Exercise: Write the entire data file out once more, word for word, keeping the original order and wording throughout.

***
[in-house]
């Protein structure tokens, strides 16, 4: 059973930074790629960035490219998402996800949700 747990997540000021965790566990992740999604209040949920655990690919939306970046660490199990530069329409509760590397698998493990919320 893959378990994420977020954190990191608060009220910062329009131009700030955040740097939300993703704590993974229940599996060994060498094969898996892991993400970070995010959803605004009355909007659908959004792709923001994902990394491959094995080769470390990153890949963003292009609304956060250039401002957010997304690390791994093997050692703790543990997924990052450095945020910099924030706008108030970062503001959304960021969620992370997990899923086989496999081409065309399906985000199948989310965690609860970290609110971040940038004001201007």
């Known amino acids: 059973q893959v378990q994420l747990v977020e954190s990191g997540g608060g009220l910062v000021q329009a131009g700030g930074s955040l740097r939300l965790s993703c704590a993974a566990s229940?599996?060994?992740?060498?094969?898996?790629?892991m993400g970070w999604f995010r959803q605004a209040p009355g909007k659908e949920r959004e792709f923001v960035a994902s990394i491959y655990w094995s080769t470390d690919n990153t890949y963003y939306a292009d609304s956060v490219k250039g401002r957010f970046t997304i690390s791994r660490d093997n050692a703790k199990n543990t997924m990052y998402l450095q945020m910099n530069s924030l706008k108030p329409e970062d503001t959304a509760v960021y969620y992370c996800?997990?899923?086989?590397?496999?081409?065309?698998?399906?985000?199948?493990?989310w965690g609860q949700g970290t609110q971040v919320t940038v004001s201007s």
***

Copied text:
[in-house]
């Protein structure tokens, strides 16, 4: 059973930074790629960035490219998402996800949700 747990997540000021965790566990992740999604209040949920655990690919939306970046660490199990530069329409509760590397698998493990919320 893959378990994420977020954190990191608060009220910062329009131009700030955040740097939300993703704590993974229940599996060994060498094969898996892991993400970070995010959803605004009355909007659908959004792709923001994902990394491959094995080769470390990153890949963003292009609304956060250039401002957010997304690390791994093997050692703790543990997924990052450095945020910099924030706008108030970062503001959304960021969620992370997990899923086989496999081409065309399906985000199948989310965690609860970290609110971040940038004001201007």
């Known amino acids: 059973q893959v378990q994420l747990v977020e954190s990191g997540g608060g009220l910062v000021q329009a131009g700030g930074s955040l740097r939300l965790s993703c704590a993974a566990s229940?599996?060994?992740?060498?094969?898996?790629?892991m993400g970070w999604f995010r959803q605004a209040p009355g909007k659908e949920r959004e792709f923001v960035a994902s990394i491959y655990w094995s080769t470390d690919n990153t890949y963003y939306a292009d609304s956060v490219k250039g401002r957010f970046t997304i690390s791994r660490d093997n050692a703790k199990n543990t997924m990052y998402l450095q945020m910099n530069s924030l706008k108030p329409e970062d503001t959304a509760v960021y969620y992370c996800?997990?899923?086989?590397?496999?081409?065309?698998?399906?985000?199948?493990?989310w965690g609860q949700g970290t609110q971040v919320t940038v004001s201007s």